If you work from home on Mondays and Fridays, there is a cheeky nickname for you

A trend is emerging among Canadian employees who divide their time between working at home and at the center’s offices, and it has earned a nickname.

When given the option, more hybrid workers stay in their soft pants on Mondays and Fridays while they dress the rest of the week.

This new type of work schedule has become so popular that it has resulted in a raw abbreviation.

It is an acronym, formed by the first letters of the days of the week that these employees are in the office, which forms a slang term for female genitals: Tuesday, Wednesday and Thursday.

Better than WTF (Wednesday, Thursday and Friday)

Using anonymous cell phone location data, commercial real estate company Avison Young has tracked the gradual return of workers from downtown Vancouver, Calgary, Edmonton, Toronto, Ottawa and Montreal.

Traffic on foot in urban centers, such as Toronto, was lighter on Mondays and Fridays, according to Avison Young. (Evan Mitsui / CBC)

Over the past five months, walking traffic in these urban centers has been heavier on Tuesdays, Wednesdays and Thursdays, and lighter on Mondays and Fridays.

A pattern similar to public transportation in three Canadian cities was observed in May. In Toronto, the average number of boarding subway trains was 663,000 on Mondays compared to 751,000 on Thursdays.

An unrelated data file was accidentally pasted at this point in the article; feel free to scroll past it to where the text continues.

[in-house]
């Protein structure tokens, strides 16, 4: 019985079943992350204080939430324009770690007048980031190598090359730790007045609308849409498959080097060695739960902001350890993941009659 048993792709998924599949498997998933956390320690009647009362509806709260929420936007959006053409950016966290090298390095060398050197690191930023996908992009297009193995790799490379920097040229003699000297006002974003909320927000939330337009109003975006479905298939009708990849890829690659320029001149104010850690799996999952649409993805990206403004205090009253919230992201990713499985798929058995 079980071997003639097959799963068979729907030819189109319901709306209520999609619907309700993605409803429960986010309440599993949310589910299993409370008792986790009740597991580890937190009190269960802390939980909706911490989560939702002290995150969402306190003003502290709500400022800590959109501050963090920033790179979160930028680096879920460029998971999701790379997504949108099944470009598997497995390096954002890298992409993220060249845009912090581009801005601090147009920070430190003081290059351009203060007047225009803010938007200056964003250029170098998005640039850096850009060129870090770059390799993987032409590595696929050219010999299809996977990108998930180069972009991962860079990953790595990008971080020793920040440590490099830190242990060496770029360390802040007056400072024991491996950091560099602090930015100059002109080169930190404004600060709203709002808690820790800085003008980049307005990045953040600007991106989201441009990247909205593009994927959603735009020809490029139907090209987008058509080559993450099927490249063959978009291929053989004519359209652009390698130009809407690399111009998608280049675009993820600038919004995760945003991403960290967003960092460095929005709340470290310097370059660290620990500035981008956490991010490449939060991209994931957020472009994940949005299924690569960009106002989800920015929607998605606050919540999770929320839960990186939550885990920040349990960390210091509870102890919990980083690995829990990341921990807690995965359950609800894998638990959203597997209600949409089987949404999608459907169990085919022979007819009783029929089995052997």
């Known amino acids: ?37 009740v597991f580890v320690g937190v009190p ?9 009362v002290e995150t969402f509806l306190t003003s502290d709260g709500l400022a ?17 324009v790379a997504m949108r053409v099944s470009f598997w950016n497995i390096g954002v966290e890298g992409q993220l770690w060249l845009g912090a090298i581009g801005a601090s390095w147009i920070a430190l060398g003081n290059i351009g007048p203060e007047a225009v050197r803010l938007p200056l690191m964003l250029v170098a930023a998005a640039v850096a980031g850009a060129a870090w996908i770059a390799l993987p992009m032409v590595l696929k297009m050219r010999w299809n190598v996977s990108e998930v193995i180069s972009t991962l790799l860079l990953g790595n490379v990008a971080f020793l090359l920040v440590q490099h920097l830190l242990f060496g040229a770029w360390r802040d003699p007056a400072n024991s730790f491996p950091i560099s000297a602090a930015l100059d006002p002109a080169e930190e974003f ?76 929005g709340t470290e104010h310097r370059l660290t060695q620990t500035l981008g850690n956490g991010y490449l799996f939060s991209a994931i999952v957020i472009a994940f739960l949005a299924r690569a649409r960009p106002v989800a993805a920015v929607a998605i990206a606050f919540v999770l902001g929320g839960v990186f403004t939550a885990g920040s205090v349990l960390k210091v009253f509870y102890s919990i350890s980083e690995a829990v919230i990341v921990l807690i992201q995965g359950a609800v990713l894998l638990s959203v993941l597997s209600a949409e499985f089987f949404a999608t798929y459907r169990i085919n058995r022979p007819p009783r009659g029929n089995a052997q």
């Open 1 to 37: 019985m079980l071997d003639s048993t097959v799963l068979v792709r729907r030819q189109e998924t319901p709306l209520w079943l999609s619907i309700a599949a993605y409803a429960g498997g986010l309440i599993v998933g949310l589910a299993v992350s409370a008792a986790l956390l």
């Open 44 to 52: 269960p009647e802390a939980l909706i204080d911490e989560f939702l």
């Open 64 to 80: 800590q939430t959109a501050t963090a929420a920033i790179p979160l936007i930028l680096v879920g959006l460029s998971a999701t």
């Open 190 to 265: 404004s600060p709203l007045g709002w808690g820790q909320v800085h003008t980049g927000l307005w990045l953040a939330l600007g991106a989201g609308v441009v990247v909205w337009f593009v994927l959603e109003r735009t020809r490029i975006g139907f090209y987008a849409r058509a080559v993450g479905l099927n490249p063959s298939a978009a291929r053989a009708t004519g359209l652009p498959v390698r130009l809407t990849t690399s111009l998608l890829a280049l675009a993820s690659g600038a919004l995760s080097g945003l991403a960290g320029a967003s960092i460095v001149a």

Also in May, there were noticeably fewer passengers taking the Toronto subway south from Bloor-Yonge station to downtown on Mondays and Fridays, compared to Wednesdays and Thursdays.

People boarding buses and trains that will leave downtown Vancouver between 3pm and 6pm would have a peak in the middle of the week and drop off on Mondays and Fridays, according to TransLink numbers.

The number of users on Calgary buses followed a similar pattern, peaking in mid-week and falling on Mondays and Fridays, according to city numbers.

TW-T workers mean coffee sales have gone down

With more employees setting their own schedules and working from home on Mondays and Fridays, some companies that depend on office workers are feeling the pinch, such as Cecile Lau’s coffee kiosks, which are online of downtown Calgary catwalks.

LISTENING Listen first hand to Cecile Lau’s cafeteria:

Cost of living4: 53Only in the office on Tuesdays, Wednesdays and Thursdays? There is a nickname for you

“Time [over] last month, Monday and Friday are doing half the sales compared to half a week: Tuesday, Wednesday, Thursday, “Lau said.” It’s like we’re operating four days. But it is an expense on the fifth day, because even if it is slow, I have to put staff here ”.

TW-Ts go out for downtown luxury coffee less often, either in downtown Toronto or downtown Calgary. No idea if Nashville cafes, like the one shown in this 2015 archive photo, have the same problem. (Mark Humphrey / The Associated Press)

The caffeine provider said it is also receiving fewer requests to attend corporate lunches on Mondays and Fridays, which it calls a big blow after overcoming a few years of pandemic restrictions and office closures.